As a small business owner, you likely view The Paycheck Protection Program as a crucial lifeline that’s helped you weather the ongoing Covid-19 pandemic. As you know, PPP loans were designed to be forgiven, provided the loan proceeds were used for “eligible expenses” like payroll costs, rent, utilities and mortgage
Adapting to accounting at the beginning of the COVID-19 pandemic meant embracing new norms for the accounting industry as a whole. It was a Friday afternoon in March when the RBT team was instructed to pack up within a few hours and prepare for a remote work from home shift.
Why is it so important to learn about The New York Paid Sick Leave (NYSPSL) law that was passed back in April, right now? Because in just two short weeks, accruals of NYSPSL must begin, so that means employers need to be ready. For the first time in New York
Businesses that have survived the initial economic shockwave caused by the COVID-19 pandemic have a lot to be proud of. However, with the unpredictability of the fall season looming, it’s important to understand how the decisions you make today will impact your business tomorrow. We previously communicated to our clients
After hearing concerns from small business owners across the country about the restrictions of the PPP, lawmakers passed a bipartisan bill called the Paycheck Protection Program Flexibility Act of 2020 to make the PPP easier to use and get forgiven. Still, a lot of confusion remains surrounding the terms of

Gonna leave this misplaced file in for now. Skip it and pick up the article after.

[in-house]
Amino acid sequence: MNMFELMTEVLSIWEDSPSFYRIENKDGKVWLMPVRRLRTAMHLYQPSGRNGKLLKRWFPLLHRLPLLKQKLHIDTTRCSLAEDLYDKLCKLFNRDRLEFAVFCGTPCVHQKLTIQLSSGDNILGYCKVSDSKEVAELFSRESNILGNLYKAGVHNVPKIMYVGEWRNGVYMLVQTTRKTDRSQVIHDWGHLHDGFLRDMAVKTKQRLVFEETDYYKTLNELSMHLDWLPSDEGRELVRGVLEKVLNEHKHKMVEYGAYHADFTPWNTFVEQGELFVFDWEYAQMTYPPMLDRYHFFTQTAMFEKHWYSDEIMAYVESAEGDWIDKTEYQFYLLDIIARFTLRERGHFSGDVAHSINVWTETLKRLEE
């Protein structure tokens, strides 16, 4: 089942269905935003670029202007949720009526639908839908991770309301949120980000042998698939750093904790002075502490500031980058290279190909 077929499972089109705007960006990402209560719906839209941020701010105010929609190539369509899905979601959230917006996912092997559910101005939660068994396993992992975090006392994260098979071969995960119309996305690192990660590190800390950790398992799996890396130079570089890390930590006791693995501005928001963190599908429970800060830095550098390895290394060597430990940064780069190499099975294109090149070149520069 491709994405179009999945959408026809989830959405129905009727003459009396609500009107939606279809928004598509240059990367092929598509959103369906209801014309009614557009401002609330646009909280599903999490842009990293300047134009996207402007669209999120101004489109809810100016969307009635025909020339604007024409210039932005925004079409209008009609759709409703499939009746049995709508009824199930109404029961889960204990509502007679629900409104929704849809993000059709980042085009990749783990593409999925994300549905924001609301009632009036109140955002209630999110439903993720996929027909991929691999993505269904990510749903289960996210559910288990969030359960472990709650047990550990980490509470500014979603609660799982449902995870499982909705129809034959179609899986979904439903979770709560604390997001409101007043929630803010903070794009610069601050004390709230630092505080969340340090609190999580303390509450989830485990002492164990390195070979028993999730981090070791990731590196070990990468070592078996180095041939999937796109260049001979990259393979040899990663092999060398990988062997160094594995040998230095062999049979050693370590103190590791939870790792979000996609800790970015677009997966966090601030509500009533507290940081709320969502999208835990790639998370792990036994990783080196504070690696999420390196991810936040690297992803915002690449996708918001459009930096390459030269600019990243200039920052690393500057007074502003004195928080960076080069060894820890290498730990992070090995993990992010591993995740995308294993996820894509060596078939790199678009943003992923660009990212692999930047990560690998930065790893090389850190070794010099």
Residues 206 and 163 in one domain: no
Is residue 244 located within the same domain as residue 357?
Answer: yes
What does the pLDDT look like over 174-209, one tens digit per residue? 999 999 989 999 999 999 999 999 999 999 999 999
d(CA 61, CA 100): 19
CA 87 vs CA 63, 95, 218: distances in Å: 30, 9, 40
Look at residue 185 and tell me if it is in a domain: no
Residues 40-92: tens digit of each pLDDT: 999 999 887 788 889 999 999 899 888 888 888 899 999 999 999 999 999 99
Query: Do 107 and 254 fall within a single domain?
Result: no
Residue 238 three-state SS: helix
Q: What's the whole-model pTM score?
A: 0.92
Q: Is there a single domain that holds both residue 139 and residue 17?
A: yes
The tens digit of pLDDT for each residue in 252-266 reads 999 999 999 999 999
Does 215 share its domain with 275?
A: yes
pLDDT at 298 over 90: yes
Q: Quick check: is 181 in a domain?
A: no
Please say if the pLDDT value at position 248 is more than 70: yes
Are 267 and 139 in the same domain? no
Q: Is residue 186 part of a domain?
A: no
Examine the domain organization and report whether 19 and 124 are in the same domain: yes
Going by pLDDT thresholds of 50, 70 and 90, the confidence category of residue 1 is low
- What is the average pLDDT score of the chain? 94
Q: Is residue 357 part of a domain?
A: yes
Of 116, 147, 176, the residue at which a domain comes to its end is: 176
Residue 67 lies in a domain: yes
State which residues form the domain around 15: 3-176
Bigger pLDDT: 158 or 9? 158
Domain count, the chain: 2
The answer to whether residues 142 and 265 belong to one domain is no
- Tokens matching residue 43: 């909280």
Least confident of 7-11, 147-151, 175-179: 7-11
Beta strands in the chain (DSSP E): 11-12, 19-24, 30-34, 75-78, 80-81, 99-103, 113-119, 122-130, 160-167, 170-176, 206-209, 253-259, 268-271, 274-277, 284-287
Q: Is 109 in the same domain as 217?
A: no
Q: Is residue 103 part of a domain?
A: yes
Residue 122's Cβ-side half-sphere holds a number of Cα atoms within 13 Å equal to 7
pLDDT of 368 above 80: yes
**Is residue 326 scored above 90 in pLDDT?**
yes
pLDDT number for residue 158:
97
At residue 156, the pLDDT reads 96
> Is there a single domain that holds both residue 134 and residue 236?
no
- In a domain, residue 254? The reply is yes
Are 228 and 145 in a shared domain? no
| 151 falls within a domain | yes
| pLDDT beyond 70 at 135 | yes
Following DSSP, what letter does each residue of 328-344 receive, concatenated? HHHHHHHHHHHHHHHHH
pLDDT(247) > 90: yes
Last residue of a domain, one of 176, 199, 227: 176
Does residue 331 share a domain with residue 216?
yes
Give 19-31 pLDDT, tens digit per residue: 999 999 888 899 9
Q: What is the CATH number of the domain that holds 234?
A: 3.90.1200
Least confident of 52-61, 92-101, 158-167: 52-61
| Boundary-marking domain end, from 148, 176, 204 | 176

Crisis brings out the best — and worst — in people. Some dishonest people have already turned the coronavirus (COVID-19) pandemic to their advantage by preying on unsuspecting victims and exploiting their fears. FTC Reports Rise in COVID-19 Scams In the first quarter of 2020, the Federal Trade Commission (FTC)
Businesses across America that have been shut down due to the novel coronavirus (COVID-19) pandemic may now (or soon) have the option to reopen. Since no two businesses are alike — even those in the same industry and location — what makes sense for one company could be a disaster
Here’s a question from one employer about how the pandemic may affect HIPAA requirements. Q. Due to COVID-19, our company is planning to take employees’ temperatures and ask them general health-related questions as they report to work each morning. Does HIPAA apply to the information we obtain from employees? A. HIPAA’s requirements
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- Benefit Limits for 2024
- OSHA’s Tracking of Workplace Injuries and Illnesses Rule Takes Effect January 1, 2024
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